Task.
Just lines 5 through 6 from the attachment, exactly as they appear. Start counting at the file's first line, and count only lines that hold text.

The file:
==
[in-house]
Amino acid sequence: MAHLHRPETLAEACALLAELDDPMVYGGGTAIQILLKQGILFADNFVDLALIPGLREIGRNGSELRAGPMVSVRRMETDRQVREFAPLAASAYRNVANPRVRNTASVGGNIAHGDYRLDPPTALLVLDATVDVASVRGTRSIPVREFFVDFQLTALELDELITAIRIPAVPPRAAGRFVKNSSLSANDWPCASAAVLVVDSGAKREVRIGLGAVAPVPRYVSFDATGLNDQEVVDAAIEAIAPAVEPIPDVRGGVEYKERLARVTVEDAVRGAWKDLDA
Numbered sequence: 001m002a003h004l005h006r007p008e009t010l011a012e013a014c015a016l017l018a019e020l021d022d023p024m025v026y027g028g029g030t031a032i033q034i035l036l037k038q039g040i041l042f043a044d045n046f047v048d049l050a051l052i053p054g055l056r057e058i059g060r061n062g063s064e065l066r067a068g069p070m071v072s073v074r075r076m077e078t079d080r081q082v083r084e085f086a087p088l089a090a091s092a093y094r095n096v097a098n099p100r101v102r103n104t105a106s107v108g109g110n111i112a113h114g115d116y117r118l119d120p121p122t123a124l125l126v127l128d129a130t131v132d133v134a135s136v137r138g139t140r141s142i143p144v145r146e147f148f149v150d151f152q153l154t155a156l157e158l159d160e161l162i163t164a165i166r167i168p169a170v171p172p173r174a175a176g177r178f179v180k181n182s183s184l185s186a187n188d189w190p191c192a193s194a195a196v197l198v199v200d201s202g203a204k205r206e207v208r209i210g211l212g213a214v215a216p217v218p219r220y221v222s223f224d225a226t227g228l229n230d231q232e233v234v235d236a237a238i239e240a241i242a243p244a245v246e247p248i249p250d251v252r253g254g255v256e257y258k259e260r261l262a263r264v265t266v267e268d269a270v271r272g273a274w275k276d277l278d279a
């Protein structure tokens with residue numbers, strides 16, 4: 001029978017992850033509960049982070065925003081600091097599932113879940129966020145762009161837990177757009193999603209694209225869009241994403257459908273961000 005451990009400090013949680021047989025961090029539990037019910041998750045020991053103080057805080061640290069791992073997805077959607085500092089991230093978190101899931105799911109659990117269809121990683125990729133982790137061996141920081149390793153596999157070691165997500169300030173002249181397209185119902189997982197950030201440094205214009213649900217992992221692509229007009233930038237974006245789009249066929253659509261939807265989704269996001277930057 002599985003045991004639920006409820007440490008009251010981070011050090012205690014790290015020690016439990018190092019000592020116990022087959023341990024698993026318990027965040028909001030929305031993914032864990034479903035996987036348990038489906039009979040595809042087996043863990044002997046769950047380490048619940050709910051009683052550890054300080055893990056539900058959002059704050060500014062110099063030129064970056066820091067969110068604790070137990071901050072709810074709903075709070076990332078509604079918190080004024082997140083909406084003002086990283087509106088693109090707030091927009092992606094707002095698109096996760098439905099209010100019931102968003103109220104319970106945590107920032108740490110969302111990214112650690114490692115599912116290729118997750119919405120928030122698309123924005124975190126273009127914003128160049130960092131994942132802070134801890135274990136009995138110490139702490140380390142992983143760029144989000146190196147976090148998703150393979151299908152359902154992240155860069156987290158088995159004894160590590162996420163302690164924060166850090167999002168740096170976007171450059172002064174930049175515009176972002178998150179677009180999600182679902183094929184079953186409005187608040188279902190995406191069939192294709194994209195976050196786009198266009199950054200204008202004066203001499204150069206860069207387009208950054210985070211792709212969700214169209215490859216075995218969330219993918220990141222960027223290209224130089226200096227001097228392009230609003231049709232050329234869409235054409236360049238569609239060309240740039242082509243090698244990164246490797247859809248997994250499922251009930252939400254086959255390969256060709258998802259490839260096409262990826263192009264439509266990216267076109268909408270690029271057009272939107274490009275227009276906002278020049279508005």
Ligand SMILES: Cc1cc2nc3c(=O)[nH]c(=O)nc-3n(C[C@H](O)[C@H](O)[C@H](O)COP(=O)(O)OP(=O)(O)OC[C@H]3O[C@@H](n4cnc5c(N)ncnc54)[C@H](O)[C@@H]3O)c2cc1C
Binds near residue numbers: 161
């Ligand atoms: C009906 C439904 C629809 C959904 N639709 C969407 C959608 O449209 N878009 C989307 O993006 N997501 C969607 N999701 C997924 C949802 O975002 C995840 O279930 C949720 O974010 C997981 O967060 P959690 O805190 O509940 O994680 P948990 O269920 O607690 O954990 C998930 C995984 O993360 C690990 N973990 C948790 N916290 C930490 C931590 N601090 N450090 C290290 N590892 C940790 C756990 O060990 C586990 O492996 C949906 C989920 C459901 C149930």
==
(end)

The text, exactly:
Ligand SMILES: Cc1cc2nc3c(=O)[nH]c(=O)nc-3n(C[C@H](O)[C@H](O)[C@H](O)COP(=O)(O)OP(=O)(O)OC[C@H]3O[C@@H](n4cnc5c(N)ncnc54)[C@H](O)[C@@H]3O)c2cc1C
Binds near residue numbers: 161